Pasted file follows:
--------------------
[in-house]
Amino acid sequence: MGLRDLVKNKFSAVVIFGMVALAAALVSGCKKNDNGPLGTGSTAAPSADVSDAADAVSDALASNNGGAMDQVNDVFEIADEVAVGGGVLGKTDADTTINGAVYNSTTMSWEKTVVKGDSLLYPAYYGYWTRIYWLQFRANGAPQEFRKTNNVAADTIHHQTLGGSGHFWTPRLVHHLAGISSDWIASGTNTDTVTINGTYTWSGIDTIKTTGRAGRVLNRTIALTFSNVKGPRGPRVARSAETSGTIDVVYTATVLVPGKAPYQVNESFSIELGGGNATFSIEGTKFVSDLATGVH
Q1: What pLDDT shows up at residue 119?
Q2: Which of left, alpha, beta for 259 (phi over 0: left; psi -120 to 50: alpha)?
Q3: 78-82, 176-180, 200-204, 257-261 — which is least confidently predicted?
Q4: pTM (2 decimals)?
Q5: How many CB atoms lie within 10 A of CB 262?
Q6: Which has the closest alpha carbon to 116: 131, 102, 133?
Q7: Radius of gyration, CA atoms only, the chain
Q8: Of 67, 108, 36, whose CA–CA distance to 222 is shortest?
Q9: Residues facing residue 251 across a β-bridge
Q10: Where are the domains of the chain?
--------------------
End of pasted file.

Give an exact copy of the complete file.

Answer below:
[in-house]
Amino acid sequence: MGLRDLVKNKFSAVVIFGMVALAAALVSGCKKNDNGPLGTGSTAAPSADVSDAADAVSDALASNNGGAMDQVNDVFEIADEVAVGGGVLGKTDADTTINGAVYNSTTMSWEKTVVKGDSLLYPAYYGYWTRIYWLQFRANGAPQEFRKTNNVAADTIHHQTLGGSGHFWTPRLVHHLAGISSDWIASGTNTDTVTINGTYTWSGIDTIKTTGRAGRVLNRTIALTFSNVKGPRGPRVARSAETSGTIDVVYTATVLVPGKAPYQVNESFSIELGGGNATFSIEGTKFVSDLATGVH
Q1: What pLDDT shows up at residue 119?
Q2: Which of left, alpha, beta for 259 (phi over 0: left; psi -120 to 50: alpha)?
Q3: 78-82, 176-180, 200-204, 257-261 — which is least confidently predicted?
Q4: pTM (2 decimals)?
Q5: How many CB atoms lie within 10 A of CB 262?
Q6: Which has the closest alpha carbon to 116: 131, 102, 133?
Q7: Radius of gyration, CA atoms only, the chain
Q8: Of 67, 108, 36, whose CA–CA distance to 222 is shortest?
Q9: Residues facing residue 251 across a β-bridge
Q10: Where are the domains of the chain?